5. The achieve a rapid shift an economy governments need to use Government preferencing tools to better align political policy with financial priorities
- tax credits
- guarantees
- on-lend to local banks (i.e. use their distribution) for targeted programmes (e.g. green businesses)
- regulatory support (e.g. outlaw high-carbon investments)

That applies most urgently to green economy transitions.

6. Improve consumer protection. In the UK for example consumer protections have lagged behind other countries. This has the benefit of limiting opportunities to un-sustainably gouge consumers (it protects financial institutions from their worst tendencies).

The most urgent in the UK is to cap usurious interest rates. Many countries have a cap; Australia has around 50% for example. "", with interest rates in the thousands, should not be allowed in any market.

Equally, mortgage market regulation should mandate maximum lending ratios, capping them at 80% or 90%. This mitigates against practices dependent on upward market valuations.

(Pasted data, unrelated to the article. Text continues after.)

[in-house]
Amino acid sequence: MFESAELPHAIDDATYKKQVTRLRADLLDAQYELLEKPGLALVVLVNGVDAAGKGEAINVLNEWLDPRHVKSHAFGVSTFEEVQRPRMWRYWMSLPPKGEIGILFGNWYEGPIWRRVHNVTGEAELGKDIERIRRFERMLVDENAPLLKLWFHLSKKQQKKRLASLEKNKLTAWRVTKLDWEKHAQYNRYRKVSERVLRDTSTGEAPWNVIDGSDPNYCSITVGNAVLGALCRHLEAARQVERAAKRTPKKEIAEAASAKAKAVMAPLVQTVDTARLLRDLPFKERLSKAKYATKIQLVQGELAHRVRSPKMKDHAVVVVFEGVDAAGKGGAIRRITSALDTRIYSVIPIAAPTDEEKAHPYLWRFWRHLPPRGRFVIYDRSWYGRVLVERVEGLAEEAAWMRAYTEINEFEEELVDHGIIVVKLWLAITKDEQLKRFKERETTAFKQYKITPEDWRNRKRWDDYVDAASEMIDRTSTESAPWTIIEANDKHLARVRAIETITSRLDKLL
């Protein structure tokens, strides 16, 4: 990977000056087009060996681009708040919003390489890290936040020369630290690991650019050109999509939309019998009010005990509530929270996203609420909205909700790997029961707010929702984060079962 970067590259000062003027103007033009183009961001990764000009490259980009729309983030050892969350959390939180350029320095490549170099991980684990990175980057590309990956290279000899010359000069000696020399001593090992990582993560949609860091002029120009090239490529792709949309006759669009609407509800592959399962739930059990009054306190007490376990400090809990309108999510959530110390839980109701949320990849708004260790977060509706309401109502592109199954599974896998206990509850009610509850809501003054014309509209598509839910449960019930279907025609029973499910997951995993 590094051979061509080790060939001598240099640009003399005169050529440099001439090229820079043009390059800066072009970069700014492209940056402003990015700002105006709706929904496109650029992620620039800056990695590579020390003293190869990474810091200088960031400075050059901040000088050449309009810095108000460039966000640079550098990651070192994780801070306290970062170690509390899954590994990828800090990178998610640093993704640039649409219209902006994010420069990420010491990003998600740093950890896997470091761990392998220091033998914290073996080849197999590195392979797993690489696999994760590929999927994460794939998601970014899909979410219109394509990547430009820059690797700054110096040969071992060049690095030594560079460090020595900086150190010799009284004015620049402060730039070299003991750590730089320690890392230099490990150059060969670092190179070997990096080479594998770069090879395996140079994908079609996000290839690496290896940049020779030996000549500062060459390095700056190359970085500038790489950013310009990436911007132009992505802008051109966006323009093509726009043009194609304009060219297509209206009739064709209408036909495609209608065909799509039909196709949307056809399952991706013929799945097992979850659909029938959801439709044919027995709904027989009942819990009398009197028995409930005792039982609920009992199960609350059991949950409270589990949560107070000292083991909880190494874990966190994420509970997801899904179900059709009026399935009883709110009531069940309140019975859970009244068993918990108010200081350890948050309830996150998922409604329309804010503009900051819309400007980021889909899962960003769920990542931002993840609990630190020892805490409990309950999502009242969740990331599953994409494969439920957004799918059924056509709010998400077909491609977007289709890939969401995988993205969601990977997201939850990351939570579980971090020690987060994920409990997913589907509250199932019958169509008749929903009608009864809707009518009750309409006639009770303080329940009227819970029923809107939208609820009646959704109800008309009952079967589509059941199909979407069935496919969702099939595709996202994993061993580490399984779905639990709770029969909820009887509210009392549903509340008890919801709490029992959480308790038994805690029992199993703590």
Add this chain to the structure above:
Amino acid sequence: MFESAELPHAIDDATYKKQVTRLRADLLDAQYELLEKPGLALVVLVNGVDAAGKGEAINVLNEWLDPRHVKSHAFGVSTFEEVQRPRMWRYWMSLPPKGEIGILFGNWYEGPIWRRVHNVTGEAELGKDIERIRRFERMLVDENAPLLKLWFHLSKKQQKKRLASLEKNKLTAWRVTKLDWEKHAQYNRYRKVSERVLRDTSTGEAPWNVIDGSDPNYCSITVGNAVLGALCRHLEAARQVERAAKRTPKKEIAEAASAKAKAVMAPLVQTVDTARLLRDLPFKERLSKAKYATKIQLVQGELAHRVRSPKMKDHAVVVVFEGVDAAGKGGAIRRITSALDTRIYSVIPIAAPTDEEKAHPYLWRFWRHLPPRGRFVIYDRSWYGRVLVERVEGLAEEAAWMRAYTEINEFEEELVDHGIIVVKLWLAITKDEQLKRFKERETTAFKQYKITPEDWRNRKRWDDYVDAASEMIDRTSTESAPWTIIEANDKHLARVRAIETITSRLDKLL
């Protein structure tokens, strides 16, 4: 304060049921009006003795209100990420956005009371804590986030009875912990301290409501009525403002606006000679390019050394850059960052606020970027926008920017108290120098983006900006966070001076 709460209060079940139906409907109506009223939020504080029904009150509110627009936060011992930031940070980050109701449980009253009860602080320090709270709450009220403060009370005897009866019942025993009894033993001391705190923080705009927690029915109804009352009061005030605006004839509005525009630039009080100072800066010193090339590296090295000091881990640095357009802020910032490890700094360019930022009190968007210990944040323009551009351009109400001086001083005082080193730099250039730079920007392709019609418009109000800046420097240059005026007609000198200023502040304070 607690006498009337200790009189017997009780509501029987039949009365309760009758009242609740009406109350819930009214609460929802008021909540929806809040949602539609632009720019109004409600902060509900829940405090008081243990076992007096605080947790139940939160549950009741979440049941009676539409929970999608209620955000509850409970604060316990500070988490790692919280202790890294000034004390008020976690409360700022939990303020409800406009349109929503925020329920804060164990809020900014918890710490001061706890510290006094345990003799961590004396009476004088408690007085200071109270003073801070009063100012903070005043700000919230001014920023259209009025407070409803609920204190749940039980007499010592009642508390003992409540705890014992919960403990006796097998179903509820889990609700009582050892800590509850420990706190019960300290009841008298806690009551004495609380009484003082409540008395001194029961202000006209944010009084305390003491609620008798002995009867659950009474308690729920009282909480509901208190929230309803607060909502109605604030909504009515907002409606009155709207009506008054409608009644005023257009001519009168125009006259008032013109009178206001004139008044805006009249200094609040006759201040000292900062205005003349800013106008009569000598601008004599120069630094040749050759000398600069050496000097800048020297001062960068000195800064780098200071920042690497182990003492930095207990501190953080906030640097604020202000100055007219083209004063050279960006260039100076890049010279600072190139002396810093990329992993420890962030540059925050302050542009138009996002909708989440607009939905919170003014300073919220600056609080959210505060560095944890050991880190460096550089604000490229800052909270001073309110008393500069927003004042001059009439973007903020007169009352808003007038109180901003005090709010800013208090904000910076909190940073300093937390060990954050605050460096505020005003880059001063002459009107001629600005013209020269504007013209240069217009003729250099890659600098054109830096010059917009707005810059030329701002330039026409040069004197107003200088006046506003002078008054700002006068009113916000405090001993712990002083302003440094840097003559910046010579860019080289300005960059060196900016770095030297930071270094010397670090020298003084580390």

7. The most important thing we could to encourage more productive capital allocation in anglo countries would be to tax income spent on mortgage payments just as we tax income spent on rent. It would reduce speculative pressure, even up the financial equivalence of renting and home-buying and push capital to other investment options where it's more urgently needed, such as the transition to a green economy.

Great article on teaching methods - how we should run Climate Bonds conferences when the time comes

An alternative vote

Applying science to the teaching of science

May 12th 2011 |